The outbreak of a new virus that began in the Chinese city of Wuhan last month appears to be far from over. Today, Chinese health authorities reported that over 130 new pneumonia cases caused by the virus were identified over the weekend, bringing the total in China alone to 201, including three outside Wuhan. There has also been a third death from the infection, and South Korea now has reported a case as well—the third country outside China to do so.
Meanwhile, the pattern of spread makes it increasingly unlikely that the virus does not transmit between people, some experts say. “Uncertainty and gaps remain, but it’s clear that there is some level of person-to-person transmission,” Jeremy Farrar, head of the Wellcome Trust in London, said in a statement today.
“The sudden spike in cases is disconcerting, but not entirely unexpected,” says Adam Kamradt-Scott, an infectious diseases specialist at the University of Sydney. As more people learn about the disease, more will go to doctors, Kamradt-Scott says, even with mild symptoms, whereas previously they might have just stayed home. And doctors are now on the lookout for the new disease. “The result is that you see a sudden surge in cases,” he says. But “if we continue to see this trend continue over the next week where there are 50 to 100 new cases every day, then that would be cause for further concern.”
The outbreak began in mid-December in Wuhan, a major city and travel hub in central China. Many of the initial patients had worked or shopped at the city’s Huanan Seafood Wholesale Market, at which vendors also sold live birds and other animals, suggesting the infection was jumping from animals to humans. By 8 January, Chinese scientists had identified a new member of the coronavirus family as the likely culprit. They soon sequenced and released its genome, allowing scientists worldwide to create diagnostic tests.
A week ago, new cases seemed to be tapering off—but then more patients started appearing. Early on Monday local time, the Wuhan Municipal Health Commission reported identifying 59 new cases on 18 January and an additional 77 on the 19th. One patient died on Saturday, bringing the number of deaths to three. Nine remain critically ill. Authorities separately confirmed that two patients had been identified in Beijing and one in Shenzhen, a major city bordering Hong Kong. Before the new case in South Korea, two travelers from Wuhan were found to be infected in Thailand and one in Japan.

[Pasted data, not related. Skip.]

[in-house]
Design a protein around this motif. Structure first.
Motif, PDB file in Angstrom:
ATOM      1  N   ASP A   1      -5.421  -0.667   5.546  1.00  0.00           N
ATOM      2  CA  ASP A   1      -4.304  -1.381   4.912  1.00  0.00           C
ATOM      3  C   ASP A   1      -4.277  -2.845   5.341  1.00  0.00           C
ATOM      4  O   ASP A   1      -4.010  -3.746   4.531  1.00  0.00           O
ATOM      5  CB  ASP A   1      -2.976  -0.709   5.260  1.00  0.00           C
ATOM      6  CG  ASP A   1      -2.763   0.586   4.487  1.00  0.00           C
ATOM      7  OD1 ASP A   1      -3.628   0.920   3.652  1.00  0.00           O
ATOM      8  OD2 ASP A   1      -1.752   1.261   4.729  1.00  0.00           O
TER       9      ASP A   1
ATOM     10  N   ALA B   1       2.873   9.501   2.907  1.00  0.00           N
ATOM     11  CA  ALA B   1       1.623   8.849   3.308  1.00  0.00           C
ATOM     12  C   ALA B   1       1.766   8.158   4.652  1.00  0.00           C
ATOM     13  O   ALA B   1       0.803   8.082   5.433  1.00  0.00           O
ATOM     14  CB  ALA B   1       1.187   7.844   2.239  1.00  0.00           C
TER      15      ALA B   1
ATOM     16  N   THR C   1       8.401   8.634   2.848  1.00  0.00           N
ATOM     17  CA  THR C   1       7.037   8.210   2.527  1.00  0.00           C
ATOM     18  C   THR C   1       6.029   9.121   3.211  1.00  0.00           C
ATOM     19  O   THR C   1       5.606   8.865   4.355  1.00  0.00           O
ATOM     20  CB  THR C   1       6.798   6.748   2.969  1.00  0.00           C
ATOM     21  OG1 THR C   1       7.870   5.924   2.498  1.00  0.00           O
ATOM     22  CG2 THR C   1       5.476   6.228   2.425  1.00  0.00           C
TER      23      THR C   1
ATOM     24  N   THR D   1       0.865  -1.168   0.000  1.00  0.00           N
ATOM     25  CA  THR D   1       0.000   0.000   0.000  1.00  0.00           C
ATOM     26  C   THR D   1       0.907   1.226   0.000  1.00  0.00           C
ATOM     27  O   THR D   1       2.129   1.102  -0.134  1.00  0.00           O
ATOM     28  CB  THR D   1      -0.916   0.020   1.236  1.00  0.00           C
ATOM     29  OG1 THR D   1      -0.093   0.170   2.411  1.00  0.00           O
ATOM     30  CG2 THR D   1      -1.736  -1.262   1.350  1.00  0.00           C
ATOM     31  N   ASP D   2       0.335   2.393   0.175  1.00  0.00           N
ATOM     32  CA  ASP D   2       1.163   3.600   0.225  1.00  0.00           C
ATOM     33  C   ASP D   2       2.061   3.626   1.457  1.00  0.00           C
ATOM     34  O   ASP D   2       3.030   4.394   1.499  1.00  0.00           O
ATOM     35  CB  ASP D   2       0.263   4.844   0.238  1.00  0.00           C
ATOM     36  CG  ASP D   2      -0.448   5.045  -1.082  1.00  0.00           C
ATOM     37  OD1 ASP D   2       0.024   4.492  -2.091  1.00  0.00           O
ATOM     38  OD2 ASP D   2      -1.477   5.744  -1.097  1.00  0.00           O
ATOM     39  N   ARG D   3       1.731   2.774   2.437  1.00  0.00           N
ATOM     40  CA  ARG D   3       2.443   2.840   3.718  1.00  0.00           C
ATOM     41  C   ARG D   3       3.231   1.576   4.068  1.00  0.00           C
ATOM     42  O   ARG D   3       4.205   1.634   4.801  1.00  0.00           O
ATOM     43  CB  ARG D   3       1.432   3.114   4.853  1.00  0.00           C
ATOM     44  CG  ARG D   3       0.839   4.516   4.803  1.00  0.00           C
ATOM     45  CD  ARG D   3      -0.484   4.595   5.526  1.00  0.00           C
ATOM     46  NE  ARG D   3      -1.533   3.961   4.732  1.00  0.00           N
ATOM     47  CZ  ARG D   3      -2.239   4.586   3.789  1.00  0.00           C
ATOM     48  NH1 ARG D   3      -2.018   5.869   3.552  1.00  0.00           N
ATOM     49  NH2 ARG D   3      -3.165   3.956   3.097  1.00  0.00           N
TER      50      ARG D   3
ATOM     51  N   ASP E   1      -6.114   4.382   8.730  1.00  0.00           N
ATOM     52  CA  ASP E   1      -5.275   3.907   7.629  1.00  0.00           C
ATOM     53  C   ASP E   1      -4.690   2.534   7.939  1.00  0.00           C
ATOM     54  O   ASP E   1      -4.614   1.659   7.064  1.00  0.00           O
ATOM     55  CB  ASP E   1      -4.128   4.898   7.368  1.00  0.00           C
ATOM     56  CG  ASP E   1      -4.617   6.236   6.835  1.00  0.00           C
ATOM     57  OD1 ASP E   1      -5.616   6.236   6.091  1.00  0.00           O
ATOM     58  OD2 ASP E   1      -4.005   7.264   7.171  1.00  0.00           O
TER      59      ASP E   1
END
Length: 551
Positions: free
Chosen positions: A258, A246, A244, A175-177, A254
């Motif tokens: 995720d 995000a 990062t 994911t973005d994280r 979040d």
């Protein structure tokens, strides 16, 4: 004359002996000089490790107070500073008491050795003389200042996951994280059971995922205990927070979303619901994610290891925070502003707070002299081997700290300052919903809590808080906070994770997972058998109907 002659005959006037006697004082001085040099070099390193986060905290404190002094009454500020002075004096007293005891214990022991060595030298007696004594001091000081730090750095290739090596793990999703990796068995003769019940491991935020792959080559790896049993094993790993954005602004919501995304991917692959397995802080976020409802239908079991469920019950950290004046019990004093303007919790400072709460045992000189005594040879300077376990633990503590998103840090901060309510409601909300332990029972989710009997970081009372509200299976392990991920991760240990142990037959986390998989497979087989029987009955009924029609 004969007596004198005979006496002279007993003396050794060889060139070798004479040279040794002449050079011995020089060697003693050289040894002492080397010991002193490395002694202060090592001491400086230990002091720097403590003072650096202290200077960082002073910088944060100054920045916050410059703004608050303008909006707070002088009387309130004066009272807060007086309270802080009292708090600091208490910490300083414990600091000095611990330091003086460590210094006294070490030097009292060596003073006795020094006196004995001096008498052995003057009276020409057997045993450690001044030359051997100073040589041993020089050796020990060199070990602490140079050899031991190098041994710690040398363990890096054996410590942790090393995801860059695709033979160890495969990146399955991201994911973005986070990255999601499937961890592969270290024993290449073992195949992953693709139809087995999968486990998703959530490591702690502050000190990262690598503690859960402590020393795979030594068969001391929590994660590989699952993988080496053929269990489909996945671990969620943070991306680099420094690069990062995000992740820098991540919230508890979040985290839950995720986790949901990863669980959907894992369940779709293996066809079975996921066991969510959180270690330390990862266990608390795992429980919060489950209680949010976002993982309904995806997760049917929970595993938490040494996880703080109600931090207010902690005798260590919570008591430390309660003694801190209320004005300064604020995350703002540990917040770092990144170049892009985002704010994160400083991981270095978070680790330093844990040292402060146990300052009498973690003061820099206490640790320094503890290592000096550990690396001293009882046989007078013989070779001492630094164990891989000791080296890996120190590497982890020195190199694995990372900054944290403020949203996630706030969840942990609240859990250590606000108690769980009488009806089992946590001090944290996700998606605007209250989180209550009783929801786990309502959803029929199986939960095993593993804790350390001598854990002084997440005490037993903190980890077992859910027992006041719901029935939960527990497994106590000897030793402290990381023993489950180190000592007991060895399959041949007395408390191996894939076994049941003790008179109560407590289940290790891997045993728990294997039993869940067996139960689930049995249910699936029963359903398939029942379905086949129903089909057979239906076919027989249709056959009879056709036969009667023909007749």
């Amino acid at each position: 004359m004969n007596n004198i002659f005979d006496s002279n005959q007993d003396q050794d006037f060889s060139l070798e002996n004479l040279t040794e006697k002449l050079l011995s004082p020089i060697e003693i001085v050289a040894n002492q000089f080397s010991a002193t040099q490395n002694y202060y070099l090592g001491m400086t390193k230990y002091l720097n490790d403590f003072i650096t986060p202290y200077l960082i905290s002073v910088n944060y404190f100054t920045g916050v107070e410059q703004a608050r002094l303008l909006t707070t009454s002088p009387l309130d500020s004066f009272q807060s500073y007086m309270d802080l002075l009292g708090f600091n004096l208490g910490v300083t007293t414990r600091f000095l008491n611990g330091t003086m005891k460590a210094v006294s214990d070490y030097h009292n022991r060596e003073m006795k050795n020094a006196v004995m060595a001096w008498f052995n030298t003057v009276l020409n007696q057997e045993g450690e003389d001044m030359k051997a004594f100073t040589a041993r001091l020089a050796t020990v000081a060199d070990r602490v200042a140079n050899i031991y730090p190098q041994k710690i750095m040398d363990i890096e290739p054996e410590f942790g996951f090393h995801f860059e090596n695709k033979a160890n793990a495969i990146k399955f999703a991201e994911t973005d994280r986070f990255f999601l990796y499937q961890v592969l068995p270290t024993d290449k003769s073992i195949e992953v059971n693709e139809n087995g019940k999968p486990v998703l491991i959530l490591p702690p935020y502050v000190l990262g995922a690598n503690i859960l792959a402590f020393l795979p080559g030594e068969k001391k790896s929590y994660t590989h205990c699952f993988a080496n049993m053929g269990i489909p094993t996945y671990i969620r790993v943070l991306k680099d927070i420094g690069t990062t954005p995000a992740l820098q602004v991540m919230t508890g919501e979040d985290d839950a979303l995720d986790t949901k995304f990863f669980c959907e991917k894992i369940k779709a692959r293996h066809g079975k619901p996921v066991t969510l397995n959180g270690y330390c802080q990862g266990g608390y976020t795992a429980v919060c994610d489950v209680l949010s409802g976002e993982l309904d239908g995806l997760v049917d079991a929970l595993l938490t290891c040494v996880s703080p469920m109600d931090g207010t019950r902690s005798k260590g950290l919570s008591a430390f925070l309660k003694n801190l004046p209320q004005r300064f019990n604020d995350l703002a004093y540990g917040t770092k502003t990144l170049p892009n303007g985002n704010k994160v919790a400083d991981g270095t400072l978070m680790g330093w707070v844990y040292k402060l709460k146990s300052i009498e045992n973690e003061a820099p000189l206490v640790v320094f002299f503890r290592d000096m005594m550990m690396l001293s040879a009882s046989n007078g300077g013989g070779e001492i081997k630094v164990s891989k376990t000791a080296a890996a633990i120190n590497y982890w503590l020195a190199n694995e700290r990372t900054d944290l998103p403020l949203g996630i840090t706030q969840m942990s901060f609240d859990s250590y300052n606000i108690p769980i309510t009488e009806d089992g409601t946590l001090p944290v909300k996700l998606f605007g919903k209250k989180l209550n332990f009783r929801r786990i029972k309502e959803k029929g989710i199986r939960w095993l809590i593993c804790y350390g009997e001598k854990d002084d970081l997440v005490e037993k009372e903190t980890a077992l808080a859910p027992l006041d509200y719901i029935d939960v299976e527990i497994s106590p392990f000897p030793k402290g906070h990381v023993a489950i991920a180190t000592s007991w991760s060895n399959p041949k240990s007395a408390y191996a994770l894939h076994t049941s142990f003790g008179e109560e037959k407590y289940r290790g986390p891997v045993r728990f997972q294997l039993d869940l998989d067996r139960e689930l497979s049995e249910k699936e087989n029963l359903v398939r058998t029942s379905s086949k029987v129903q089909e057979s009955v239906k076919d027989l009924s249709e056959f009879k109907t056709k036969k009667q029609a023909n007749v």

Health authorities worry about further spread of the virus as several hundred million Chinese are expected to travel domestically to visit relatives during the weeklong Chinese New Year festivities, which start on 25 January. Millions are also expected to travel internationally for vacation, with Thailand and Japan being top destinations.
Scientists are still puzzling over whether other markets in Wuhan are involved, and whether the virus can pass from person to person. One of the patients in Thailand reported she had not visited the Huanan market, but she had been to other wet markets. The patient that turned up in Japan after traveling to Wuhan reportedly also said he had never been to the Huanan market.
Other coronaviruses—including the ones that cause severe acute respiratory syndrome (SARS) and Middle East respiratory syndrome (MERS)—do spread between people. And many scientists say human-to-human transmission of the Wuhan virus cannot be ruled out. But Wuhan health authorities have said they have found no evidence of it so far. They have tracked 817 close contacts of patients, of whom 727 were cleared of illness; the remaining 90 are still under observation. Wuhan authorities have also reported that no health care workers tending to coronavirus patients have become ill, a common occurrence when a new virus with the ability to spread between people emerges. (It is not clear if authorities have tested patient contacts for antibodies to the virus, which would be a sign that they were infected at some point but recovered.)
The sudden spike in cases is disconcerting, but not entirely unexpected.
“The mode(s) of transmission has not yet been determined and human to human transmission is always a concern when patients have respiratory symptoms, this requires further investigation,” a WHO spokesperson writes in an email to Science.
The virus does not currently appear to be especially virulent and in the majority of cases has caused mild illness. “This means we need to continue to closely monitor the situation, but not panic,” says Kamradt-Scott.
Meanwhile, on Saturday, the Chinese Center for Disease Control and Prevention (China CDC) posted information for the public about the new disease with colorful, cartoonish graphics showing coronaviruses and bats, apparently in an attempt to quash misinformation on Weibo, a Twitter-like social media site. The China CDC website emphasizes that the disease is not SARS—whose emergence in late 2002 caused a global crisis that many Chinese remember well—and urges people to “not believe five big rumors about the Wuhan viral pneumonia.” Those include claims that the Wuhan pneumonia is caused by a new SARS virus; that the SARS virus is still being found in bats; and that the Wuhan pneumonia may have been affecting people for a long time.